How to Stay Health & Disease Free After 40

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by Dr. Barbara Roberts

If you’ve made it to 40 in relatively good health, congratulations! You probably already practice healthy behaviors, or at least, failing that, you’ve been incredibly lucky. But much like with an older car, as we get older, in order to stay in good condition, we need more upkeep than we did say when we were 20 years old. Some of the following suggestions for maintaining good health apply to both women and men, but these are followed by some gender-specific recommendations.

staying healthy after 40
Photo courtesy of Jonathan Borba on Unsplash

Exercise to Maintain Good Health After 40

After age 40, regular exercise becomes even more critical to living a long and healthy life. Regular aerobic exercise has been shown to lower blood pressure, improve blood fats, lower blood sugar levels, and lessen insensitivity to insulin, a common finding in those who have pre-diabetes or Type 2 diabetes. People who exercise regularly are less likely to develop clots in the arteries or veins, and our ability to dissolve clots is enhanced by exercise. Exercise also helps combat depression probably because it raises our endorphin levels, and endorphins are our natural anti-depressants. Compared to sedentary individuals, those who exercise regularly have a significantly lower risk of dying of heart disease. The recommended amount of exercise is 30 minutes of moderate exercise (such as walking at 3 mph) most days of the week.

For women – after the age of 40, the average woman loses about a half an inch of height per decade, due mainly to osteoporosis. After age 70 height loss is even more rapid. That is why it is important for women to start weight lifting by age 40.

Weight training has been shown to increase bone density by putting stress on bones. A recent study published in the Journal of Sports Medicine and Physical Fitness showed that even light weights, (about 20% of the maximum they could lift) were effective in increasing bone density in women, as long as they did at least 100 repetitions of the exercise in one hour. Here’s a relatively risk-free and simple way to prevent osteoporosis, that doesn’t involve taking drugs, some of which actually lead to an increase in fractures when taken long-term.

Alcohol may exacerbate height loss as it can lower calcium levels. So, women might also want to consider limiting their alcohol intake, especially after age 40.

Exercise for Men

For men – it is normal for the prostate to increase in size as men age. This condition is called Benign Prostatic Hypertrophy or BPH. After age 40, and particularly after age 50, men may notice frequent urination, difficulty starting the urinary stream, and dribbling as symptoms of BPH.

An increased risk of BPH has been associated with sedentary life style, obesity, diabetes, high blood pressure and smoking. Heavy alcohol intake has also been associated with an increased risk of BPH while low to moderate intake of alcohol is associated with a lower risk. Certain medications can increase the risk that BPH will cause symptoms. These include the blood pressure/angina medications called beta-blockers, antihistamines and decongestants.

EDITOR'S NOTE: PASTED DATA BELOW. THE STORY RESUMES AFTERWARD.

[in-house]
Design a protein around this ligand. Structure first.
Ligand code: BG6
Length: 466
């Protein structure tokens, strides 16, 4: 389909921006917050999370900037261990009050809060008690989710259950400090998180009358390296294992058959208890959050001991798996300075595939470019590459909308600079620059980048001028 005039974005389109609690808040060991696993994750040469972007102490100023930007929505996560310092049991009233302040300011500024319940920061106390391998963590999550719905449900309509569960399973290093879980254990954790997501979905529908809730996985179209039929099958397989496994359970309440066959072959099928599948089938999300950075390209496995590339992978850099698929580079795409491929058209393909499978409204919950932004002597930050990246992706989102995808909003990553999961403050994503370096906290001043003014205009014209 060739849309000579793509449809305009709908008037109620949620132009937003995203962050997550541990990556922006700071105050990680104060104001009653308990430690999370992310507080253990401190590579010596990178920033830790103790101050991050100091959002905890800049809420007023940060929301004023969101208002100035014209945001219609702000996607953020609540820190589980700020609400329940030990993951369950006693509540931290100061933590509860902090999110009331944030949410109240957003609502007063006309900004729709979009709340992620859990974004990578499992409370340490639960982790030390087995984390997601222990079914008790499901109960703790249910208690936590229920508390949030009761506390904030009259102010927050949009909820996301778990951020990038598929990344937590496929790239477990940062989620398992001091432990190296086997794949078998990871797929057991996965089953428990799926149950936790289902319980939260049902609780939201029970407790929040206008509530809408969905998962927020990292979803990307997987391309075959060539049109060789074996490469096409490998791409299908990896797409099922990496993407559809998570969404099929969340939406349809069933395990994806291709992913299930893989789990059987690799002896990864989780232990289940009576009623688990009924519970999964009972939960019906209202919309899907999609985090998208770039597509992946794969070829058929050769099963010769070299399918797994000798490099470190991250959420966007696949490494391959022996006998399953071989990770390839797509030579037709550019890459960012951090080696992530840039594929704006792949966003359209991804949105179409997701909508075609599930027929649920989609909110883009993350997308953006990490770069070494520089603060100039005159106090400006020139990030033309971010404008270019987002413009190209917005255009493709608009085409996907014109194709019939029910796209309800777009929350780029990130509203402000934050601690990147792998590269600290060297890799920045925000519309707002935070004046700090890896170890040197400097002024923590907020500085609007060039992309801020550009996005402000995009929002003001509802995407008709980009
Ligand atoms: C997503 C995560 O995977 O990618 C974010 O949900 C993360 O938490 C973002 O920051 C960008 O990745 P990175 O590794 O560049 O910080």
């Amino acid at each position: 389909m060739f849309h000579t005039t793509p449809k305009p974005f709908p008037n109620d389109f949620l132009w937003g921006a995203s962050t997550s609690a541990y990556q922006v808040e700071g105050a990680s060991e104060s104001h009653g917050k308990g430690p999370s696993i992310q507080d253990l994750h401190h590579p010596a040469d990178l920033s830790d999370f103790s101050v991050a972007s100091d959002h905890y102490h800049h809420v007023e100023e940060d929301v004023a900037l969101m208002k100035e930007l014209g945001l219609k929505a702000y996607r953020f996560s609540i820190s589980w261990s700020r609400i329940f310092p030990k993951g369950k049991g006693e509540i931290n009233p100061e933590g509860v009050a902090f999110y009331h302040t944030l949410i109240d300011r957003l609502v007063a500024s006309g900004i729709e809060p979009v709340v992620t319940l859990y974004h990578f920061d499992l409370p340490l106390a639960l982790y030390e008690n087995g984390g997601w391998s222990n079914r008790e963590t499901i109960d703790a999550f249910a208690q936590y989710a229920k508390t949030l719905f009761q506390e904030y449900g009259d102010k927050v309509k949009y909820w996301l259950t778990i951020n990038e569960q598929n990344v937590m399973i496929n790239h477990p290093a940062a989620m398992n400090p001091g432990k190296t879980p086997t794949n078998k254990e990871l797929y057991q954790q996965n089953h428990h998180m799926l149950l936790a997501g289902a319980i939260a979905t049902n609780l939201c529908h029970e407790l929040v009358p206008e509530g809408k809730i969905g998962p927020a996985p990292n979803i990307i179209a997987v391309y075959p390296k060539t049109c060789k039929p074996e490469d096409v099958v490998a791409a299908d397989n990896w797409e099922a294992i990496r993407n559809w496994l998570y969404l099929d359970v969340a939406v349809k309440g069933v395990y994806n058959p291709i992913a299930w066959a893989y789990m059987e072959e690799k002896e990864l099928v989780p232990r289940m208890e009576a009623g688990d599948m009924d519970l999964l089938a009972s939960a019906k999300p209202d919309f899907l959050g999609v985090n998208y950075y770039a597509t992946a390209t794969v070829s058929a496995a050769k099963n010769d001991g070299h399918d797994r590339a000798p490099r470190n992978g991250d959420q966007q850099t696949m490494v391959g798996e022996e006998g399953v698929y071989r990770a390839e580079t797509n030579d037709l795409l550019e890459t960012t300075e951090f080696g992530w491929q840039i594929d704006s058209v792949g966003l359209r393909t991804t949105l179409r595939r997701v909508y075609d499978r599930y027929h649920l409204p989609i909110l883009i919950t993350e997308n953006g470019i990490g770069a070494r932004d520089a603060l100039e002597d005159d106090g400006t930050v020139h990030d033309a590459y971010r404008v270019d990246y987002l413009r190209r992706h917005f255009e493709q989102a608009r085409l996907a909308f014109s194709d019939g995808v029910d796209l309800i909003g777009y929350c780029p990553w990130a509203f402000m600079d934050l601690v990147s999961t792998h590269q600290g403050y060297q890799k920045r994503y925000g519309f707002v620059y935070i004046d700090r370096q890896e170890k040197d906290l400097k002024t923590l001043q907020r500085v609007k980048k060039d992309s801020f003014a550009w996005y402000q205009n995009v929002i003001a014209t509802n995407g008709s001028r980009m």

So how can men over 40 help to prevent BPH? Since 1995, 14 studies have been identified that investigate the clinical relationship between exercise and BPH. Prospective cohort data from these studies support a clinically significant, independent, and strong inverse relationship between exercise and the development of BPH. In laymen’s terms, this means that the more you exercise, the less likely you are to develop BPH.

The bottom line for both women and men is that exercise and moderating alcohol intake after age 40 are crucial to preventing two of the most common diseases that afflict older people, osteoporosis and BPH

Watch your Diet to Maintain Good Health After 40

If you are serious about staying healthy, eat the way peasants did in the lands bordering the Mediterranean Sea in the 1950’s. Eat food that’s been “monkeyed with by human beings” as little as possible. Especially avoid sugary treats, processed grains and seed oils. Dairy fat is actually good for you – sugar is your enemy not fat! Slather your veggies in olive oil. They will taste great and you will absorb fat-soluble vitamins more efficiently.

Things to Get Checked by Your Doctor

The incidence of high blood pressure increases with age, so have your blood pressure checked once a year, or more frequently if you are on medication to treat hypertension. Have your fasting blood sugar checked once a year, or more often if you are diabetic or pre-diabetic. The incidence of diabetes also increases with age.

Have screening colonoscopies starting at age 50 or sooner if you have a family history of colon cancer. The US Preventive Services Task Force recommends that you ask your doctor about screening colonoscopy for those ages 76 to 85. There is a relatively new test called Cologuard which detects certain DNA markers and blood in the stool. It can detect up to 92% of colon cancers.

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Barbara Hudson Roberts, MD was the first female adult cardiologist in the state of Rhode Island. She is an active feminist, helped found the Women’s National Abortion Action Coalition (WONAAC) and is on the voluntary faculty at Brown where she is an Associate Clinical Professor of Medicine. Her memoir is The Doctor Broad: A Mafia Love Story. Visit www.thedoctorbroad.com